Your kids can’t help but encounter the news — they may hear about scary stuff on the playground at school, they may see the newsfeed on your phone or tablet, overhear the videos you play on your laptop, or read the headlines. Once they’re able to read, you can’t really shield them from it, but you can moderate their experience.
Kids’ main concern, whether they voice it or not, is that they, and the family, are safe. Hearing about people fighting each other in the streets and getting run over by cars is frightening. Listen to their fears and reassure them that you know how to keep them from harm. Your kids notice the way you handle the news to determine their own approach. If you can stay calm and rational, they will, too.
Approach them about what they already know about something they heard about in the news. Since they probably heard it from their friends, they’re likely to only have partial or incorrect information. Help them differentiate between fact and opinion. (Not necessarily easy for us to do ourselves these days!) Ask them for their thoughts about what they’re seeing or hearing. Explain as much as you think your child can digest and understand.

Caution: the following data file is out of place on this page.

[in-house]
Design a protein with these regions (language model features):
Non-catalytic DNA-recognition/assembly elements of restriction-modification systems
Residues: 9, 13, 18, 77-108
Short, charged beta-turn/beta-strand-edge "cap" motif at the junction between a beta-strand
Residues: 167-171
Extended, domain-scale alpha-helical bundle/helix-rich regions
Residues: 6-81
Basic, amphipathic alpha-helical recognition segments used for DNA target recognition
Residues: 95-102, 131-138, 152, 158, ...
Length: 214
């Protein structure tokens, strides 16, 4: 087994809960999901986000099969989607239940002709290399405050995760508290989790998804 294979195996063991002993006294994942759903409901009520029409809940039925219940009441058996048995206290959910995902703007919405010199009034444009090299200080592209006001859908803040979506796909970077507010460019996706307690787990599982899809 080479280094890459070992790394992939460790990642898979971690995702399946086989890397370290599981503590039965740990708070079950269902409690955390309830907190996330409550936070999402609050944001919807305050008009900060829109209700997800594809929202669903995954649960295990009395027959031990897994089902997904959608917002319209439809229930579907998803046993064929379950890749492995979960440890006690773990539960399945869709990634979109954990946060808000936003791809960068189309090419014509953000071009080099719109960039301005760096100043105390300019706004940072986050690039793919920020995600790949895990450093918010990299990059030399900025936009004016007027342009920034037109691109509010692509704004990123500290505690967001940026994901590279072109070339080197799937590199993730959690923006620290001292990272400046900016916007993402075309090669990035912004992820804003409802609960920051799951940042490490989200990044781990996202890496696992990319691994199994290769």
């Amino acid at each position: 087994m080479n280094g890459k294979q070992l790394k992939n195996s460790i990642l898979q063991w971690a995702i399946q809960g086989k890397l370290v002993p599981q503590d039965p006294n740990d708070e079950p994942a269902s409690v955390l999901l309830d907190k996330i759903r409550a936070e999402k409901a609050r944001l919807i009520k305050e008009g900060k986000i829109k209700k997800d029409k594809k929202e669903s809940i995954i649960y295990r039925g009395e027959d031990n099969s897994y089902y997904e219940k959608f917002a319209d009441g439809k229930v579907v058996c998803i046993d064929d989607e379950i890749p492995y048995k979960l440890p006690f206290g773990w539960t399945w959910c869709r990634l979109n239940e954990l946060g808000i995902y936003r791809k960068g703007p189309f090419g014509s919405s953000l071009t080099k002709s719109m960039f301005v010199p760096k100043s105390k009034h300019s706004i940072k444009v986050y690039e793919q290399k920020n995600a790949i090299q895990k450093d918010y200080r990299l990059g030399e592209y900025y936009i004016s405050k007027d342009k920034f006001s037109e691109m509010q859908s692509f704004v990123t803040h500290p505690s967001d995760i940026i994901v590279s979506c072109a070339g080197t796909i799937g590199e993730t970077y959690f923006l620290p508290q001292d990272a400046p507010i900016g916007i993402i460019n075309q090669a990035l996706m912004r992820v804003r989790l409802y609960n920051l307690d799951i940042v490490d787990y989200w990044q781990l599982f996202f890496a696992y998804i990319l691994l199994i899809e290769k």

The website Common Sense Media has some helpful resources and information on how to approach this topic, particularly with sensitive kids. “Many kids can handle a discussion of threatening events, but if your kids tend toward the sensitive side, be sure to keep them away from the TV news; repetitive images and stories can make dangers appear greater, more prevalent, and closer to home.”